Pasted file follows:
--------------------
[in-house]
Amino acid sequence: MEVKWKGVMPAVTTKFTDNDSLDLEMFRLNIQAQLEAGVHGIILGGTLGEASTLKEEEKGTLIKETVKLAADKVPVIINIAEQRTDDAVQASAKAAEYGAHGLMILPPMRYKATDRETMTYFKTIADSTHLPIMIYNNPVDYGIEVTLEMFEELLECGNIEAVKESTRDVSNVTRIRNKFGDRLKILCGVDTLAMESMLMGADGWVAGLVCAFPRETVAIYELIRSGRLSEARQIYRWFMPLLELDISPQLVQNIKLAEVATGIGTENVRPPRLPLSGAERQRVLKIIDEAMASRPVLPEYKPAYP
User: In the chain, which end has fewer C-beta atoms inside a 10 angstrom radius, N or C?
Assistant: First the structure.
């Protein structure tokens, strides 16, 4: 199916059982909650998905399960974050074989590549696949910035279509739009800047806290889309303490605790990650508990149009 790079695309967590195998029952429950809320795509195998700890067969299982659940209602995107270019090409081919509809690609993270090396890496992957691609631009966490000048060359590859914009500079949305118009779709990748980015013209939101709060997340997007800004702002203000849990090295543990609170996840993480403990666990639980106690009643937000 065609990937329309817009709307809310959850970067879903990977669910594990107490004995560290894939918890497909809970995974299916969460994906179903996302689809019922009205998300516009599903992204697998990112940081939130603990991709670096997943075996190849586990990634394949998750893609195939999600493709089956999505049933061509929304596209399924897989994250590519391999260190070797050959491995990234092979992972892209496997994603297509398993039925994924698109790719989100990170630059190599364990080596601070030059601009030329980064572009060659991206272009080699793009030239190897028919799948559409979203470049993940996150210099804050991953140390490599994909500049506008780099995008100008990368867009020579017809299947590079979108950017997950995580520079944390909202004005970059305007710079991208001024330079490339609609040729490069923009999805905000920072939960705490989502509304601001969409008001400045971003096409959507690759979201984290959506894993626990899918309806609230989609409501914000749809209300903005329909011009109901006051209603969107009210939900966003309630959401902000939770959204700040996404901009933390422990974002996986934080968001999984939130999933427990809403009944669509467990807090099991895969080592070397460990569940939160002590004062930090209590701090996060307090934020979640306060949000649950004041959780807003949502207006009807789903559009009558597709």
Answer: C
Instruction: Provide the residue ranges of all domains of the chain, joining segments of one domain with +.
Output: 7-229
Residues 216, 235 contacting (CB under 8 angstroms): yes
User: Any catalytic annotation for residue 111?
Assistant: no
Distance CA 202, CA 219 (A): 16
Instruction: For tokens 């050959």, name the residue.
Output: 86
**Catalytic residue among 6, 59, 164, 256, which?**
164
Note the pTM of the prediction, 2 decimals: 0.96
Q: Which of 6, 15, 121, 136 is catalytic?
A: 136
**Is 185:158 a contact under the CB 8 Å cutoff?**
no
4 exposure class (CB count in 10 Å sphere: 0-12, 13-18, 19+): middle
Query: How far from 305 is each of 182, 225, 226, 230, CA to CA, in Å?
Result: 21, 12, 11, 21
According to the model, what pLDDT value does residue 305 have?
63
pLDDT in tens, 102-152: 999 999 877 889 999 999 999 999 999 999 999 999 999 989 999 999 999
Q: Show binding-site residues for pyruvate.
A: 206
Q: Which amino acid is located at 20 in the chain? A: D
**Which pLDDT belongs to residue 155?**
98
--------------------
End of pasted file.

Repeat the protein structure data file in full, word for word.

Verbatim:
[in-house]
Amino acid sequence: MEVKWKGVMPAVTTKFTDNDSLDLEMFRLNIQAQLEAGVHGIILGGTLGEASTLKEEEKGTLIKETVKLAADKVPVIINIAEQRTDDAVQASAKAAEYGAHGLMILPPMRYKATDRETMTYFKTIADSTHLPIMIYNNPVDYGIEVTLEMFEELLECGNIEAVKESTRDVSNVTRIRNKFGDRLKILCGVDTLAMESMLMGADGWVAGLVCAFPRETVAIYELIRSGRLSEARQIYRWFMPLLELDISPQLVQNIKLAEVATGIGTENVRPPRLPLSGAERQRVLKIIDEAMASRPVLPEYKPAYP
User: In the chain, which end has fewer C-beta atoms inside a 10 angstrom radius, N or C?
Assistant: First the structure.
């Protein structure tokens, strides 16, 4: 199916059982909650998905399960974050074989590549696949910035279509739009800047806290889309303490605790990650508990149009 790079695309967590195998029952429950809320795509195998700890067969299982659940209602995107270019090409081919509809690609993270090396890496992957691609631009966490000048060359590859914009500079949305118009779709990748980015013209939101709060997340997007800004702002203000849990090295543990609170996840993480403990666990639980106690009643937000 065609990937329309817009709307809310959850970067879903990977669910594990107490004995560290894939918890497909809970995974299916969460994906179903996302689809019922009205998300516009599903992204697998990112940081939130603990991709670096997943075996190849586990990634394949998750893609195939999600493709089956999505049933061509929304596209399924897989994250590519391999260190070797050959491995990234092979992972892209496997994603297509398993039925994924698109790719989100990170630059190599364990080596601070030059601009030329980064572009060659991206272009080699793009030239190897028919799948559409979203470049993940996150210099804050991953140390490599994909500049506008780099995008100008990368867009020579017809299947590079979108950017997950995580520079944390909202004005970059305007710079991208001024330079490339609609040729490069923009999805905000920072939960705490989502509304601001969409008001400045971003096409959507690759979201984290959506894993626990899918309806609230989609409501914000749809209300903005329909011009109901006051209603969107009210939900966003309630959401902000939770959204700040996404901009933390422990974002996986934080968001999984939130999933427990809403009944669509467990807090099991895969080592070397460990569940939160002590004062930090209590701090996060307090934020979640306060949000649950004041959780807003949502207006009807789903559009009558597709």
Answer: C
Instruction: Provide the residue ranges of all domains of the chain, joining segments of one domain with +.
Output: 7-229
Residues 216, 235 contacting (CB under 8 angstroms): yes
User: Any catalytic annotation for residue 111?
Assistant: no
Distance CA 202, CA 219 (A): 16
Instruction: For tokens 């050959």, name the residue.
Output: 86
**Catalytic residue among 6, 59, 164, 256, which?**
164
Note the pTM of the prediction, 2 decimals: 0.96
Q: Which of 6, 15, 121, 136 is catalytic?
A: 136
**Is 185:158 a contact under the CB 8 Å cutoff?**
no
4 exposure class (CB count in 10 Å sphere: 0-12, 13-18, 19+): middle
Query: How far from 305 is each of 182, 225, 226, 230, CA to CA, in Å?
Result: 21, 12, 11, 21
According to the model, what pLDDT value does residue 305 have?
63
pLDDT in tens, 102-152: 999 999 877 889 999 999 999 999 999 999 999 999 999 989 999 999 999
Q: Show binding-site residues for pyruvate.
A: 206
Q: Which amino acid is located at 20 in the chain? A: D
**Which pLDDT belongs to residue 155?**
98